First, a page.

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Long Valley Caldera Field Guide - Obsidian Dome

At the top of an obsidian dome, view rocks that look different but have the same composition.

Eruption Sequence:

Obsidian, Glass Creek, and Deadman Creek domes all erupted in 1350 CE (Millar, et al. 2006). The vents from which the domes erupted are all aligned to the north-south. Based on the north-south alignment of the vents, the magma that fed these eruptions was most likely brought to surface along a dike (Miller, 1985). A dike is a long crack that is filled with magma - think of it as a curtain made of magma.

The volcanic activity at the three vents began with initial phreatic (steam) explosions. Phreatic explosions are caused by the heating of ground water and the intruding magma dike was most likely the heat source. The heated water expanded and exploded, blowing steam and rocks into the air. The best examples of explosion craters in the area are the Inyo Craters on the summit and south flank of Deer Mountain. Explosion craters from other phreatic eruptions can be seen next to Obsidian Dome and between Obsidian Dome and Glass Creek Dome. The phreatic explosions were followed by pyroclastic eruptions (explosive eruptions of magma). Pyroclastic eruptions require a significant gas content to propel the magma into the air where it cools forming ash, lapilli, and pumice (<2mm to 64 mm). Once there is no longer enough gas to propel the magma into the air, the eruptions often conclude with passive extrusion of lava (dome growth). After extrusion of the Obsidian, Glass Creek, and Deadman Creek domes, the Inyo Craters were formed by another series of phreatic (steam) explosions (see the Inyo Craters field guide page for more information).

The locations of the domes and craters show the dike crossing the topographic caldera boundary. Obsidian Dome erupted outside the caldera, Glass Creek Dome erupted just north of the caldera wall and flowed down the wall into the caldera, and Deadman Creek Dome erupted within the topographic margin of the caldera. In addition to crossing the topographic caldera boundary, Deadman Creek Dome and Glass Creek Dome contain some of the residual Long Valley Caldera magma, whereas Obsidian Dome does not.


Did You Know?

The eruption date for the Deadman Creek, Glass Creek, and Obsidian domes is one of the best constrained prehistoric eruption dates in the world. Using tree rings, Millar and others, found that the eruptions occurred in late summer 1350 CE.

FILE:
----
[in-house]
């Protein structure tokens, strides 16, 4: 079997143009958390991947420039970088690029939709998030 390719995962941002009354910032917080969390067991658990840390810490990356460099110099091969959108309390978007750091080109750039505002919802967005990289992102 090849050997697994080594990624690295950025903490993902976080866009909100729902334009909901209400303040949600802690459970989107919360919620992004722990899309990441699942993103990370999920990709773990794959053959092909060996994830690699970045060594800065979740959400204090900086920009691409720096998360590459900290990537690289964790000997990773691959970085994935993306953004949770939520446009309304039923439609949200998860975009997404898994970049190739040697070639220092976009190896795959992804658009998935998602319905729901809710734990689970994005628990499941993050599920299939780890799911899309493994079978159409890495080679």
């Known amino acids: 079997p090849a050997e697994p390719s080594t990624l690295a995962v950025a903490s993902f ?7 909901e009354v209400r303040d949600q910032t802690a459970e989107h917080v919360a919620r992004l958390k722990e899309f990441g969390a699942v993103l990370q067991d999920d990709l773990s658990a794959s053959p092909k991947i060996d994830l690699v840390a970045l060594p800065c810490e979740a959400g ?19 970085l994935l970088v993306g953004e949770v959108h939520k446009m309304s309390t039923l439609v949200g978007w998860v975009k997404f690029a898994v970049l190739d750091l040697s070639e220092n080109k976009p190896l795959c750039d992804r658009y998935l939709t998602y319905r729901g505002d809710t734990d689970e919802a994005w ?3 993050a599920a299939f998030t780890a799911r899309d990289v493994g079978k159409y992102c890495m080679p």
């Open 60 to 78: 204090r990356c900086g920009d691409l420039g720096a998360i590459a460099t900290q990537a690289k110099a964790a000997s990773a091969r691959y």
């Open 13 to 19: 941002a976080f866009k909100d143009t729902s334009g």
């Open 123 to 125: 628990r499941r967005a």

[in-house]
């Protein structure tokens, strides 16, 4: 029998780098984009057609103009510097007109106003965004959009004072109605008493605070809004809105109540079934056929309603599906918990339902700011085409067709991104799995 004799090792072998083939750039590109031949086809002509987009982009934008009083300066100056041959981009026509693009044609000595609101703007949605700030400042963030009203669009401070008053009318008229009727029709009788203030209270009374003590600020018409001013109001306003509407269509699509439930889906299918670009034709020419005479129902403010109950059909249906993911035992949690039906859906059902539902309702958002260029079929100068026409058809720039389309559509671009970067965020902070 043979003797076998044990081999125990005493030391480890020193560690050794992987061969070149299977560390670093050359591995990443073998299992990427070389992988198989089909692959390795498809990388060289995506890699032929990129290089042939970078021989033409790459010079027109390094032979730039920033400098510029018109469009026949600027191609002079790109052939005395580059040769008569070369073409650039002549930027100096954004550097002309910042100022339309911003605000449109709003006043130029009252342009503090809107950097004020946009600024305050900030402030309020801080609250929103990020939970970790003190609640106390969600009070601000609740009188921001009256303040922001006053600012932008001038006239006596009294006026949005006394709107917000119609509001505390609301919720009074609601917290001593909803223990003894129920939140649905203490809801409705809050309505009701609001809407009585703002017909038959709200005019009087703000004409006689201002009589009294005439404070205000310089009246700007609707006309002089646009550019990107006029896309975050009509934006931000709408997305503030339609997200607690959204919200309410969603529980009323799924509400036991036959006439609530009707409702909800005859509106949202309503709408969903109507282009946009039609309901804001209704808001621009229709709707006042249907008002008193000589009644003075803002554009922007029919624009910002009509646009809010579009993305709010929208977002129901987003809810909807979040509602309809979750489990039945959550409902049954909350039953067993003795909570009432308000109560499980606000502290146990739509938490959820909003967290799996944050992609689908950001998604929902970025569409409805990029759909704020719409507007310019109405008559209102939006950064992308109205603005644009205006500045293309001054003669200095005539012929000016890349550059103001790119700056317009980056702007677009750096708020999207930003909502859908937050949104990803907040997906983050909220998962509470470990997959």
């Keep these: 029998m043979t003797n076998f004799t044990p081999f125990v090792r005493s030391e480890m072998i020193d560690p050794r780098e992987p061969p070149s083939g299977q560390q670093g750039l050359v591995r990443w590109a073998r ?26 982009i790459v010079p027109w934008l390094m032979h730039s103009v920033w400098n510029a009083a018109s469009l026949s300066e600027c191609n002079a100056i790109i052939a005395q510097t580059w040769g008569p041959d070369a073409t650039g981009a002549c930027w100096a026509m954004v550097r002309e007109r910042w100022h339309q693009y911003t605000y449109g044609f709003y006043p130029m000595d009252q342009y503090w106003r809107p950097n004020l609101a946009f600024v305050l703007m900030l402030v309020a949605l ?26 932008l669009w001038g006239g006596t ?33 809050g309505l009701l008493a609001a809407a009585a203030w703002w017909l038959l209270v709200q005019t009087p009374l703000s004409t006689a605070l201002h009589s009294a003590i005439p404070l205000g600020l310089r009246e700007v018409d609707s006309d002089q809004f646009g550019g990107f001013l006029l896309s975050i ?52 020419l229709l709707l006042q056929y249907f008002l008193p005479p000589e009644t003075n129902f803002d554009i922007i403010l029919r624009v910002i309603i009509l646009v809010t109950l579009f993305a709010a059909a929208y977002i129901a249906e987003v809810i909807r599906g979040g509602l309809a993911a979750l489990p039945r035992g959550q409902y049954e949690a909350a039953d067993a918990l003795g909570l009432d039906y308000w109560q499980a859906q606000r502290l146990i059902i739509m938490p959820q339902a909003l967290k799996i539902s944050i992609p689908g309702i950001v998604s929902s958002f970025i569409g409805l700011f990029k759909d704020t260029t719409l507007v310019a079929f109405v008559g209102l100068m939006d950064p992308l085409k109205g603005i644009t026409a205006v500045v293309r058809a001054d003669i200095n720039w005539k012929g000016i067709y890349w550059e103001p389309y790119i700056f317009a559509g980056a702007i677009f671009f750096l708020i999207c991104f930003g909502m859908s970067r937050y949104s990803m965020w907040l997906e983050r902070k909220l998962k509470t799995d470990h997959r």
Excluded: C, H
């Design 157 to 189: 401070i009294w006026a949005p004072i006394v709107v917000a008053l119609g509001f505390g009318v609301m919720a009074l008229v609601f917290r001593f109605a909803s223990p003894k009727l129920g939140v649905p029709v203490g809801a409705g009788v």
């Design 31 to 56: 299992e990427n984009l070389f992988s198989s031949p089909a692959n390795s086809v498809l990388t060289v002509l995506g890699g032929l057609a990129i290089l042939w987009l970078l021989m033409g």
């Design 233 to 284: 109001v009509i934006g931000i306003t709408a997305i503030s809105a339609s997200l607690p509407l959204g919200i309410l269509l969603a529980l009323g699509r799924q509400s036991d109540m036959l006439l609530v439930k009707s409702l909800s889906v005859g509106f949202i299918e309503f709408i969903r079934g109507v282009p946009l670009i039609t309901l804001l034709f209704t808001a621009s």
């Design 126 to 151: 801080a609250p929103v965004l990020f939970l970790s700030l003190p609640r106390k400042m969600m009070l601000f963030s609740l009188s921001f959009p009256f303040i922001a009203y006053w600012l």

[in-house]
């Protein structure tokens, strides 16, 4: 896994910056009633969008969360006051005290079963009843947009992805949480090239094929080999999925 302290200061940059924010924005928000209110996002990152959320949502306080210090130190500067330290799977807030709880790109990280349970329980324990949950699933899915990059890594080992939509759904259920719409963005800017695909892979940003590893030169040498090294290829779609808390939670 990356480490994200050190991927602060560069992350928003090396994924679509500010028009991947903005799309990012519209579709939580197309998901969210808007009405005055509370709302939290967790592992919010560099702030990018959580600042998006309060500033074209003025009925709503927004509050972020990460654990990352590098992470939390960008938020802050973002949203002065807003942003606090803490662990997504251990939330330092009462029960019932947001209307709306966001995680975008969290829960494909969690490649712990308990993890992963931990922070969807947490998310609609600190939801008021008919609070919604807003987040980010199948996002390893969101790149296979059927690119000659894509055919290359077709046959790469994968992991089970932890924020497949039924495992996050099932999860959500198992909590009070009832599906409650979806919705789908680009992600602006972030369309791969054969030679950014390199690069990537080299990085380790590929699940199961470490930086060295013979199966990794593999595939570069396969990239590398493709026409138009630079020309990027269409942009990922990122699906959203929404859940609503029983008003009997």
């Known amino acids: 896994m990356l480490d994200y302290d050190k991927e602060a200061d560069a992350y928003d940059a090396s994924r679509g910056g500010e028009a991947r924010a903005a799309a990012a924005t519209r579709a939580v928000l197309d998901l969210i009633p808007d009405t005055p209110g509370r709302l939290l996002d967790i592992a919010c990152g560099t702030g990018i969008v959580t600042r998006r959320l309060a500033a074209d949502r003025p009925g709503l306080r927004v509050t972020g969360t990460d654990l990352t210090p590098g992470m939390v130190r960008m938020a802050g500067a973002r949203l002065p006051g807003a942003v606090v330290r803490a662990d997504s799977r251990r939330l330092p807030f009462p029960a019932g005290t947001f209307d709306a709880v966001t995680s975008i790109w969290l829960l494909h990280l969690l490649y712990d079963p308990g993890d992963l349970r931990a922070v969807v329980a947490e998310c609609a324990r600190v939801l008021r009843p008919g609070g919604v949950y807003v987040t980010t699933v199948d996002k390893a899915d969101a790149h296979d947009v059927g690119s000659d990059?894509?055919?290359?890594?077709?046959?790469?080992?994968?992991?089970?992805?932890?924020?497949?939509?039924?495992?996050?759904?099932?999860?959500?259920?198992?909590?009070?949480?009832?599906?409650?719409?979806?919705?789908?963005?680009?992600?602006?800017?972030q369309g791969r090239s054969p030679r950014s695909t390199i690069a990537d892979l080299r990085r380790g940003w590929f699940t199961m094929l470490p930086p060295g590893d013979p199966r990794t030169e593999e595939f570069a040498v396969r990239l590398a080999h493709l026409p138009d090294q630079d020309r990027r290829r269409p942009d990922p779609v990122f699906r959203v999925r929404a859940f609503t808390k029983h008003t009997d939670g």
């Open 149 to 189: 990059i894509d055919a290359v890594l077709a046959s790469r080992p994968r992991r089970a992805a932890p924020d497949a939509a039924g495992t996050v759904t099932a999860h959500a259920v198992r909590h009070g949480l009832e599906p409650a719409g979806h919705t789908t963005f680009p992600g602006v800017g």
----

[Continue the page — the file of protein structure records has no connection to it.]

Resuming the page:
Similar Composition Rocks:

Follow the trail up to the summit of Obsidian Dome along the south side to view two kinds of rock that have similar compositions but look different. The obsidian blocks along the southern edge of Obsidian Dome were erupted from a vent 1 km (0.6 mi) to the north. Views from the first trail switchback include Glass Creek Dome to the left and an explosion crater down to the left. Near the summit is a section of obsidian that stands out because it is much darker in color. The dark colored rock is the same chemical composition as the surrounding obsidian but contains many more vesicles (bubbles). This type of feature is commonly referred to as a squeeze-up because gas-rich magma from the interior of the flow is squeezed up to the surface. As the material reaches the surface the gases expand forming bubbles in the cooling rocks. Obsidian from Obsidian Dome is not a good source for making arrowheads due to the vesicles (bubbles) and minerals, but there are good examples of flow banding (look for stripes in the obsidian).


References

C.I. Millar, King, John C., Westfall, Robert D., Alden, Harry A., Delany, Diane L., 2006, Late Holocene forest dynamics, volcanism, and climate change at Whitewing Mountain and San Joaquin Ridge, Mono County, Sierra Nevada, CA, USA, Quaternary Research 66, 273–287.

Field Stop Location: Obsidian Dome

Quadrangle: Mammoth Mountain, California 7.5 minute topographic quadrangle
Coordinates: about 37°44.810' N, 119°01.305' W
Approximate Elevation at Base of Dome: 8,200 ft (2500 m)

Directions to Obsidian Dome:

Obsidian Dome is accessible via a 2.7 mile dirt road. This stop also provides access to Glass Creek Dome (a mixture of obsidian and pumice), Obsidian Dome (large flow with different obsidian textures), and explosion craters (large holes in the ground formed by a blast of steam, generally generated by gases from rising magma). Paths lead to the tops of the domes providing access to unique views of the domes. If you do not want to drive the full 2.7 miles, you can stop and view a part of Obsidian flow from a parking area on the left side of the road. At this stop you can see large chunks of obsidian with vesicles (bubbles) in them from the escaping gas and small minerals.

If you continue to drive to the parking area between Obsidian Flow and Glass Creek Flow you can gain an appreciation for the size of the flow since the length is about one mile, the width is a little less than a mile, and the height is about 400 feet at the summit.


Directions from Mammoth Lakes exit U.S. 395 and CA-203 Go this distance
1. Zero your odometer at the intersection of Highway 395 and Highway 203. Head north on US-395 towards Lee Vining and Mono Lake. Go 11.0 miles
2. Turn left onto Obsidian Dome road Go 0.3 miles
3. Continue onto Glass Flow Road. 0.6 miles
4. Continue left onto Obsidian Dome Road at Obsidian Flow and Hartley Springs Campground turnoff. From here you will drive around the dome to its south side. 0.6 miles
5. Slight left at 2S10 0.7 miles
6. Continue onto Glass Creek Rd 0.3 miles
7. At the fork in the road, stay to the left to park near Obsidian Flow among the large Jeffrey pines (about 37°44.990' N, 119°01.292' W). Walk up Obsidian Flow bulldozed trail.